Wojo: Stafford's $135M extension makes sense in long run

Bob Wojnowski
The Detroit News

It’s a lot of money, a lot of faith, a lot of commitment. With one huge contract, the Lions bet heavily that Matthew Stafford indeed is the quarterback to lead them deep into the playoffs.

They did it for two reasons. No. 1, they believe it, based on his continued development. No. 2, they don’t have a choice but to believe it.

Lions quarterback Matthew Stafford speaks at Tuesday's press conference to announce his five-year, $135 million contract extension.

They had to get this deal done, because eight years into Stafford’s career, starting over wasn’t a viable option. This makes perfect sense, even in the NFL’s nonsensical contract stratosphere. With his reported five-year, $135-million extension, Stafford is the highest-paid player in NFL history, which seems bizarre until you recognize leverage and timing. And also recognize he’ll be bypassed in about a year, when Aaron Rodgers and Matt Ryan likely land more-expensive extensions.

In fact, at $27 million per year, Stafford and his agent, Tom Condon, didn’t push it beyond reason. It topped the $25-million salary for Oakland’s Derek Carr, but was only slightly more than it would’ve cost the Lions to use the franchise tag if they let his contract expire after this season ($26.4 million).

Added bonus: It frees up the franchise tag in case they need it to retain Ziggy Ansah, who needs a big bounce-back season.

The Lions didn’t necessarily get a bargain. But GM Bob Quinn got a fair deal done, and with all the other roster holes he must plug, at least he doesn’t have to worry about quarterback. You know, like half of the teams in the quarterback-starved NFL, where guys like Josh McCown (Jets) and Mike Glennon (Bears) somehow have starting jobs.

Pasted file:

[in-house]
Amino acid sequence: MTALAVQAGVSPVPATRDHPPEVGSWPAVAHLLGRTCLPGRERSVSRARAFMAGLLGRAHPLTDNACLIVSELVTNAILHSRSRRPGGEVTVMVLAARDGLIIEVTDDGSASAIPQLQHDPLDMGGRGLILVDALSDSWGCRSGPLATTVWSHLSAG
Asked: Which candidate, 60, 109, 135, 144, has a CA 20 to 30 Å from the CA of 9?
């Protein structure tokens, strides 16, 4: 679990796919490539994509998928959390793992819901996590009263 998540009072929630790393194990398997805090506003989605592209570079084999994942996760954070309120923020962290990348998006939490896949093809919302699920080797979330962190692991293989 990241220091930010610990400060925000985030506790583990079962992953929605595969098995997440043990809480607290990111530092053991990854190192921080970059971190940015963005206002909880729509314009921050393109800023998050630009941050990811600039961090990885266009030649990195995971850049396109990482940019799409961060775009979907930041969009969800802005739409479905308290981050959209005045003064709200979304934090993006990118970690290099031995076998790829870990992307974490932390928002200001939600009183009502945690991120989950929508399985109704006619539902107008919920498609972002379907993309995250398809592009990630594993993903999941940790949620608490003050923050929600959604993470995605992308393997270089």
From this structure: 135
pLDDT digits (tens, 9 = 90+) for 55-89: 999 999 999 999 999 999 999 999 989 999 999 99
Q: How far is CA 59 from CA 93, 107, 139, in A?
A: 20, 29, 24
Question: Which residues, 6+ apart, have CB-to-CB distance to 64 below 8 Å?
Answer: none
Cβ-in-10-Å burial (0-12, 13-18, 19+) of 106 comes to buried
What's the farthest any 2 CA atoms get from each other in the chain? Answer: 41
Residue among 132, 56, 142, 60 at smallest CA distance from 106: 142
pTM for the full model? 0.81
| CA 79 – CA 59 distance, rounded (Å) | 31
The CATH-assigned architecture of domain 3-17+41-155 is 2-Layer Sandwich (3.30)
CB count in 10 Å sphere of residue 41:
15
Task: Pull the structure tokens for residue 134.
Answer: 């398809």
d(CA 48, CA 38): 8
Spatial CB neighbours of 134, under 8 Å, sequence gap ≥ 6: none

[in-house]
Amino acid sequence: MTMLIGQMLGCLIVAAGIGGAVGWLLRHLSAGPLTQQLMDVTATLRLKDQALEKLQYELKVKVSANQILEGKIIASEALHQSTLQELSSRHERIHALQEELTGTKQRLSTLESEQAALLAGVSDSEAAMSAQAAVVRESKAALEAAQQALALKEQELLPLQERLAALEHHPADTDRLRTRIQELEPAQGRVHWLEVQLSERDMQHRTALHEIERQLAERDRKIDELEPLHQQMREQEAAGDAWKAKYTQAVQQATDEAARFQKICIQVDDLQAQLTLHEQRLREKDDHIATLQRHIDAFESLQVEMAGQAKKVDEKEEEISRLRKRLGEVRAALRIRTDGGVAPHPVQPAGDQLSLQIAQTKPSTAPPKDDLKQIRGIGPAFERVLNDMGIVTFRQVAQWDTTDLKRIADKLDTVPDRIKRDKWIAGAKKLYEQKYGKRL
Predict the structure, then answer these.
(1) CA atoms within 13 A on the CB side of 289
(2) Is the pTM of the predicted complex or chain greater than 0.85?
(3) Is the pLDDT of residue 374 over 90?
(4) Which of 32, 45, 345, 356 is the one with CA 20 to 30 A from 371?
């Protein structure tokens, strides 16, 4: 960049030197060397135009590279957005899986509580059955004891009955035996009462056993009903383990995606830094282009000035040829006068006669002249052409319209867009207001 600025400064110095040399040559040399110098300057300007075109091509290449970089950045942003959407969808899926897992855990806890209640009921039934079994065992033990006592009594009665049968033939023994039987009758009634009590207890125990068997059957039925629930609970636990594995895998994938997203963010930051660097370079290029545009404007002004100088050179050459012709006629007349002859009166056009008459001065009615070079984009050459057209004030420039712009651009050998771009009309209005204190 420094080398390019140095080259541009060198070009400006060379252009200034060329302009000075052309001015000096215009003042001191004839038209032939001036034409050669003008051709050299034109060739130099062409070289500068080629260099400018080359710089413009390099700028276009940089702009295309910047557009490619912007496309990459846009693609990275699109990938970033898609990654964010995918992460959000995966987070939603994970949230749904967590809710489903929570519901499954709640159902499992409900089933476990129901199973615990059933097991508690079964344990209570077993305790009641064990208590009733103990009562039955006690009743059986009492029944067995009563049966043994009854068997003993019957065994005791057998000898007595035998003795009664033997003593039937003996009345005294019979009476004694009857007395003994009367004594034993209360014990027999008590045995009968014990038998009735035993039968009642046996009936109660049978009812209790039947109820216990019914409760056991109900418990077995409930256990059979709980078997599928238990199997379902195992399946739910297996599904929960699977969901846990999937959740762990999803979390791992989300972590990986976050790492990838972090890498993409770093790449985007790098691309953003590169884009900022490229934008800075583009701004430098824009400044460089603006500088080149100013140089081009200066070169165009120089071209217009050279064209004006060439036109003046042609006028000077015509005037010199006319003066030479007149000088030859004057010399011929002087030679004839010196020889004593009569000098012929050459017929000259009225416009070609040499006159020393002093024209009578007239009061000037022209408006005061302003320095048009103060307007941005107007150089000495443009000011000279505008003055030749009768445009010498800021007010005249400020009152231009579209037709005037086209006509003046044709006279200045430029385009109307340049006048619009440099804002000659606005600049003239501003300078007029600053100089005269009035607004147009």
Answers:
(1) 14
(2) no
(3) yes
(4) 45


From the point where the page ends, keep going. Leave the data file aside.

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By record and accomplishment, Stafford doesn’t rank among the NFL’s elite. But he’s still only 29, he’s improving, and he clearly wants to be here. And it’s only been about 60 years or so since the Lions had a reliable, dynamic quarterback capable of scaring defenses.

Stafford hasn’t missed a start in six years — throwing for at least 4,200 yards each time — and led the Lions to a league-record eight fourth-quarter comebacks last season. He’s also 0-3 in the playoffs, and totes that ungodly 5-46 record against opponents that finished with a winning record. But if the Lions were being honest with themselves — and apparently they were – they knew they owned that record every bit as much as Stafford, with their incompetence and ever-shifting plans.

Stability matters, and Stafford was playing the best football of his career last season before suffering a broken finger. The Lions were 9-4 at the time but lost their last four, including a playoff stomping by Seattle.

Stafford has grown in important ways, and accepts his standing as the face of the franchise. He began working with a quarterback coach this offseason, refining his footwork and other elements of his game. The transformation already was underway last season, when he took fewer risks and posted his second-highest completion percentage (65.3), while throwing a career-low 10 interceptions.

Jim Caldwell and offensive coordinator Jim Bob Cooter have shown complete faith in Stafford, and so have his teammates. So have ownership and management. Everyone is still waiting for the playoff payoff, but there really was no other alternative. No, the Lions haven’t tasted enormous success under Stafford. Yes, he’s still worth betting on.